The Saudi government should stop handing down harsh sentences to rights activists, says a UN official, warning against growing repression in the kingdom.
In a Wednesday statement, David Kaye, who serves as the UN special rapporteur on freedom of expression and opinion, censured Saudi Arabia’s punishment for three bloggers and rights advocates, saying the rising trend in the number of court rulings involving rights issues is a sign of "growing repression" in the kingdom.
Kaye also called on the regime in Riyadh to release blogger Raif Badawi, social media activist Mikhlif al-Shammari and Palestinian poet Ashraf Fayadh. He deplored the January flogging of Badawi.
He said the three “and any others held for the content or form of their expression” should be released from jail.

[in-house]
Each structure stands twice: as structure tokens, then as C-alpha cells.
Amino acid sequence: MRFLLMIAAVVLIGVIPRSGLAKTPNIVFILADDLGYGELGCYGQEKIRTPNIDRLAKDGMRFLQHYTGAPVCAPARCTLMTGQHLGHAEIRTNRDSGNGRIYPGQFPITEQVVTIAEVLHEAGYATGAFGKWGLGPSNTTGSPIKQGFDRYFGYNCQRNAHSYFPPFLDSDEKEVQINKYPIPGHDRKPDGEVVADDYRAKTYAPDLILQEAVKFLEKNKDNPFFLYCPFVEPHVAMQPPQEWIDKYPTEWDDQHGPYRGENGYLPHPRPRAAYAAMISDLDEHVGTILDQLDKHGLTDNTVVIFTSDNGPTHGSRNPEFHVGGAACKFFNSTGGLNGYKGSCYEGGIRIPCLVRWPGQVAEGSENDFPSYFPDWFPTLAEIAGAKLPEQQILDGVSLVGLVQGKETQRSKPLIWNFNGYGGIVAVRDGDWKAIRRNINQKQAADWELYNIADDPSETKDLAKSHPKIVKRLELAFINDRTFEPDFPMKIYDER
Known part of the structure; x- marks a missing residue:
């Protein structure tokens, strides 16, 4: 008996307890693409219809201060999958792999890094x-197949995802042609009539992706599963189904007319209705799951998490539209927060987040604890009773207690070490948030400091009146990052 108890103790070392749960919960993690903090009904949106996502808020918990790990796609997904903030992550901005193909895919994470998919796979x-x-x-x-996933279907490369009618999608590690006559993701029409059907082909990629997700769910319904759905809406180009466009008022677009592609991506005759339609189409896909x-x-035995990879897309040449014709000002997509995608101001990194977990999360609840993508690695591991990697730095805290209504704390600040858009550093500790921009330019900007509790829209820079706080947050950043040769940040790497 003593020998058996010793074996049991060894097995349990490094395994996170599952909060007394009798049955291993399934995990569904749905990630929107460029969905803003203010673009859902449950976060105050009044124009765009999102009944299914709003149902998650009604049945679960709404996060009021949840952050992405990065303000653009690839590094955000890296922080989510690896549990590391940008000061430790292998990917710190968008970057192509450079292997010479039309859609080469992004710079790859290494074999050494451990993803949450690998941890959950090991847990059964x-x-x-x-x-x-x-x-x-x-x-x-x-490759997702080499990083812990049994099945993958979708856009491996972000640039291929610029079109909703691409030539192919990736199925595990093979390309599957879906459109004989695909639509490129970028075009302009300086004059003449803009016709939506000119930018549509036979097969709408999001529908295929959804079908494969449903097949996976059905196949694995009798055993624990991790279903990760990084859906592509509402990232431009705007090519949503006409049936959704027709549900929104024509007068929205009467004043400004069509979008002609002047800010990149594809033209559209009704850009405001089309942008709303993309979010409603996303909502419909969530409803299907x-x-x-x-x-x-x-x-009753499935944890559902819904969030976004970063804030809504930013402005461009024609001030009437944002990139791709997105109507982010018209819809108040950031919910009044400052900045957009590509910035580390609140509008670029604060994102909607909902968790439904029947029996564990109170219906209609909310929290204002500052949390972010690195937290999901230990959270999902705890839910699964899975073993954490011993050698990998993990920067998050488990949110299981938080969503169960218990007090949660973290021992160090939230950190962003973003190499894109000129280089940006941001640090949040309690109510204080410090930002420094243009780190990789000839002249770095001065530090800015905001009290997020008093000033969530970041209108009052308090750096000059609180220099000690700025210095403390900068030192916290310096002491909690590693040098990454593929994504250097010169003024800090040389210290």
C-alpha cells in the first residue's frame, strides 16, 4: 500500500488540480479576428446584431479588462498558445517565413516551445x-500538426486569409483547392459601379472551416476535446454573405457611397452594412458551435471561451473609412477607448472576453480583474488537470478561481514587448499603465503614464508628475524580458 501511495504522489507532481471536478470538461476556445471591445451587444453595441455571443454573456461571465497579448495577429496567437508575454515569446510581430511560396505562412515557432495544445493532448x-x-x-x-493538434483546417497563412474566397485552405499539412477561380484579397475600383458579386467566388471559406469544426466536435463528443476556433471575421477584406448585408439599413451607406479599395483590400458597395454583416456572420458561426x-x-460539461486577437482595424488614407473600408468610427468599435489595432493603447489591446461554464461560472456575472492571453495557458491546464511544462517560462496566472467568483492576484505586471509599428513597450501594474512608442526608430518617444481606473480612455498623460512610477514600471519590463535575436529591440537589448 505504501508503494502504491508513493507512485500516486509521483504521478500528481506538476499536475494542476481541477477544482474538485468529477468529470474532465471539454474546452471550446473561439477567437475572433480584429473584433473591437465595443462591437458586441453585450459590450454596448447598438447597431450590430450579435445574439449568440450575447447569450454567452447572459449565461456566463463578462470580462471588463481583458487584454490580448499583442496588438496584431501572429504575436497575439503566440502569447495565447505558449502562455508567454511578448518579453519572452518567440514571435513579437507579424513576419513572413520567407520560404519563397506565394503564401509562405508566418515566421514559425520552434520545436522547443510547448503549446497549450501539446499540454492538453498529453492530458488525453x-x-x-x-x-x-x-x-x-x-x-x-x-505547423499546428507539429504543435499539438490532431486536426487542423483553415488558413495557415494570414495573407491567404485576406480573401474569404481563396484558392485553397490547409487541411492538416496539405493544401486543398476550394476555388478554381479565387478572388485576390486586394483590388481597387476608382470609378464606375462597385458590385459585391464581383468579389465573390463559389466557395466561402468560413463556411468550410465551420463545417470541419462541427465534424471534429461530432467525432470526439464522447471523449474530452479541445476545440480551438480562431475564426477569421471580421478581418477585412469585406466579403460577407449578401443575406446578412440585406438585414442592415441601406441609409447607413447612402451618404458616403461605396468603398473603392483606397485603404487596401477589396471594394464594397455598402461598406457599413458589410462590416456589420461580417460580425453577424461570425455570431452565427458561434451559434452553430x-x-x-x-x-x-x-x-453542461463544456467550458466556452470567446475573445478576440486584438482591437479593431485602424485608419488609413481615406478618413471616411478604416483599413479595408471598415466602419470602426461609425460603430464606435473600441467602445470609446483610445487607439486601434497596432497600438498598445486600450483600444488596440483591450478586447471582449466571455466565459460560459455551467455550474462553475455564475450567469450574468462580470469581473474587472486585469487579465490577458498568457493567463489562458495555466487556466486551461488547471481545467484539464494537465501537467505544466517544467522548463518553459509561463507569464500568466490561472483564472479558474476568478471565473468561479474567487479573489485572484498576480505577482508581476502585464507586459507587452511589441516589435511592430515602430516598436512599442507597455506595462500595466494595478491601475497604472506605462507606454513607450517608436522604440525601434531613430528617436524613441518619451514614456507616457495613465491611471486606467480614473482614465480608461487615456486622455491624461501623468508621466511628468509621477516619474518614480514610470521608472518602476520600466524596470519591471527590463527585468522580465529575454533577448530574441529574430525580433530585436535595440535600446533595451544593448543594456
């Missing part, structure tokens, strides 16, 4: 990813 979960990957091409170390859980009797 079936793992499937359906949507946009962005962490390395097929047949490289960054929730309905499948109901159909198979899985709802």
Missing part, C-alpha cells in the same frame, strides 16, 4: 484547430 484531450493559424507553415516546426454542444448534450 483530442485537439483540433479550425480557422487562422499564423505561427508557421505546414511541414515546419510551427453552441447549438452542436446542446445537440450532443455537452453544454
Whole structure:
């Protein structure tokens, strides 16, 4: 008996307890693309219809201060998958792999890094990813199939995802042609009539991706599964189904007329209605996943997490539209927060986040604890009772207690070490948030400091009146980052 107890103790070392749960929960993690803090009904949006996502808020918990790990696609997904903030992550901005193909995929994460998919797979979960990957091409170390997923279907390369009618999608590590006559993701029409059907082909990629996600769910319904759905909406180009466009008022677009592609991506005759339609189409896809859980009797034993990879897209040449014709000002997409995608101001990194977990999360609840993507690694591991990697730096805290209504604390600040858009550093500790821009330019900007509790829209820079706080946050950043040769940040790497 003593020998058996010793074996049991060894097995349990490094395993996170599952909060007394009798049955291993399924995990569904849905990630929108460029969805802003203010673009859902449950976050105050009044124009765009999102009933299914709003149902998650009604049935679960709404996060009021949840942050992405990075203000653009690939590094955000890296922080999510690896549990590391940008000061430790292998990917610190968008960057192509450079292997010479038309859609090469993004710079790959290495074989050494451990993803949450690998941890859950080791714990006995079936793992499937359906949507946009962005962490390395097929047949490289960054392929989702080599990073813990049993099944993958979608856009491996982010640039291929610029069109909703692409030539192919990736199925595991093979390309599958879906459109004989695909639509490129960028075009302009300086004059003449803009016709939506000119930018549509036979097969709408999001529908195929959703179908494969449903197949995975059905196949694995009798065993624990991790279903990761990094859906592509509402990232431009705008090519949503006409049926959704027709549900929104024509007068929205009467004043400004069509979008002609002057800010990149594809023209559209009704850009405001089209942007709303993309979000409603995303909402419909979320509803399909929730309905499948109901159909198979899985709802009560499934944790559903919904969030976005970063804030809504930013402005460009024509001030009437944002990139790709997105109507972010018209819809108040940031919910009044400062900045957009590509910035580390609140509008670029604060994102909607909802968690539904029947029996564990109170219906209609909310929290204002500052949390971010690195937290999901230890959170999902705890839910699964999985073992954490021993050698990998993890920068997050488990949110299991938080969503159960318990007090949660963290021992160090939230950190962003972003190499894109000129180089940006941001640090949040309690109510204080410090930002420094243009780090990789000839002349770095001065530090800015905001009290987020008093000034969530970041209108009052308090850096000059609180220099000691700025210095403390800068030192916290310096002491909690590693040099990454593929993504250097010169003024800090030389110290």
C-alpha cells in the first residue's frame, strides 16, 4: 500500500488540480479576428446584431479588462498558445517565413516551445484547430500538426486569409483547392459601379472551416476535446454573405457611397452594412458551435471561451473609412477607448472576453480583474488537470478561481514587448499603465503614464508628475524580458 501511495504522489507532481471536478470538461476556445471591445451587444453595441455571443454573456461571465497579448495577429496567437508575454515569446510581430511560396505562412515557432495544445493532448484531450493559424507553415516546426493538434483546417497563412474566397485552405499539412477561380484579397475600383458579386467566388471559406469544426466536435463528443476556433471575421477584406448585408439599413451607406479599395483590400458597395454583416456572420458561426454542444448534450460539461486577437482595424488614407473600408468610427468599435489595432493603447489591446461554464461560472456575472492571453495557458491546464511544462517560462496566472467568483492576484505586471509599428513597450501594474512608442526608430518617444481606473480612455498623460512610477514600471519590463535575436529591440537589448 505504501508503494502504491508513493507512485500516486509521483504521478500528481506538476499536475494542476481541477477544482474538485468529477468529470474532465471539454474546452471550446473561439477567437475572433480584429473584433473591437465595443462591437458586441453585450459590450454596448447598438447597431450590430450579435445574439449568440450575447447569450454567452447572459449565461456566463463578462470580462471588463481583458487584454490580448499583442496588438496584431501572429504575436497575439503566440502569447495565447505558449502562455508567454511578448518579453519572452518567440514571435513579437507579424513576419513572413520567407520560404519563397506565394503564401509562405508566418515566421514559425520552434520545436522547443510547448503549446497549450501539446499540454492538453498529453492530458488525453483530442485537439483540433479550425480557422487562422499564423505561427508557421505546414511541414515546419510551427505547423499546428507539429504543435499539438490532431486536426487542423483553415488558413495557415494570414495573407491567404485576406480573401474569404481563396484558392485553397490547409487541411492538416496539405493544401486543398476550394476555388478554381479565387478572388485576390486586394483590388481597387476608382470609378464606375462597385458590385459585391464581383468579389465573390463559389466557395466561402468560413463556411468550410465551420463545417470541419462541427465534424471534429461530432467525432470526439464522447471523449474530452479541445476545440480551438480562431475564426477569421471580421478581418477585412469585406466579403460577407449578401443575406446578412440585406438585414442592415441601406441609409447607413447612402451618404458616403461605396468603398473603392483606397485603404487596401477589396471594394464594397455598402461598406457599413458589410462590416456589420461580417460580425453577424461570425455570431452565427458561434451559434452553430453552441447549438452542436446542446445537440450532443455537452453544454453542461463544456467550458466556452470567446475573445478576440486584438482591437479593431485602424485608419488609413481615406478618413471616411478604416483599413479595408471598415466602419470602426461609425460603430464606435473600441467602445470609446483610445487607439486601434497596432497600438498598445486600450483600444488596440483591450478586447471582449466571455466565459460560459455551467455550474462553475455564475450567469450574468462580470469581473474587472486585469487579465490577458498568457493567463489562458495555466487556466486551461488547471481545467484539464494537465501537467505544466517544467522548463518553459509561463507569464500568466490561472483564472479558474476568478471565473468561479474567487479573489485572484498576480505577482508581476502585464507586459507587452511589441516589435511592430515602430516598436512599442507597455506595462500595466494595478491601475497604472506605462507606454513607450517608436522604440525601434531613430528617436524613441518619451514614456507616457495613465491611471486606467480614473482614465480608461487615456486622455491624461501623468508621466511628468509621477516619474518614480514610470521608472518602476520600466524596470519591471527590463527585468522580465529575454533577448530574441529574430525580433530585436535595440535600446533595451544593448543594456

Badawi was awarded on Wednesday with the European Union’s top human rights award. His wife received the prestigious Sakharov prize on behalf of her husband in Strasbourg, France.
The UN said in a separate statement on Wednesday that Badawi's health has deteriorated since he received his first 50 flogs.
The blogger has been sentenced to 10 years in jail and 1,000 lashes for criticizing the kingdom’s extremist Wahhabi ideology.
The UN also said that Shammari has been put behind bars this month for “stirring up public opinion.” The activist reportedly used social media to advocate reconciliation between Shia and Sunni communities.
The UN criticism comes nearly three months after Saudi Arabia managed to, under a reported deal with the United Kingdom, gain the leadership role at a Human Rights Council panel, provoking indignation around the world.
International human rights organizations have for long condemned Saudi Arabia for its repressive policies toward political dissent. Amnesty International has repeatedly slammed Riyadh for its ever-increasing number of beheadings this year.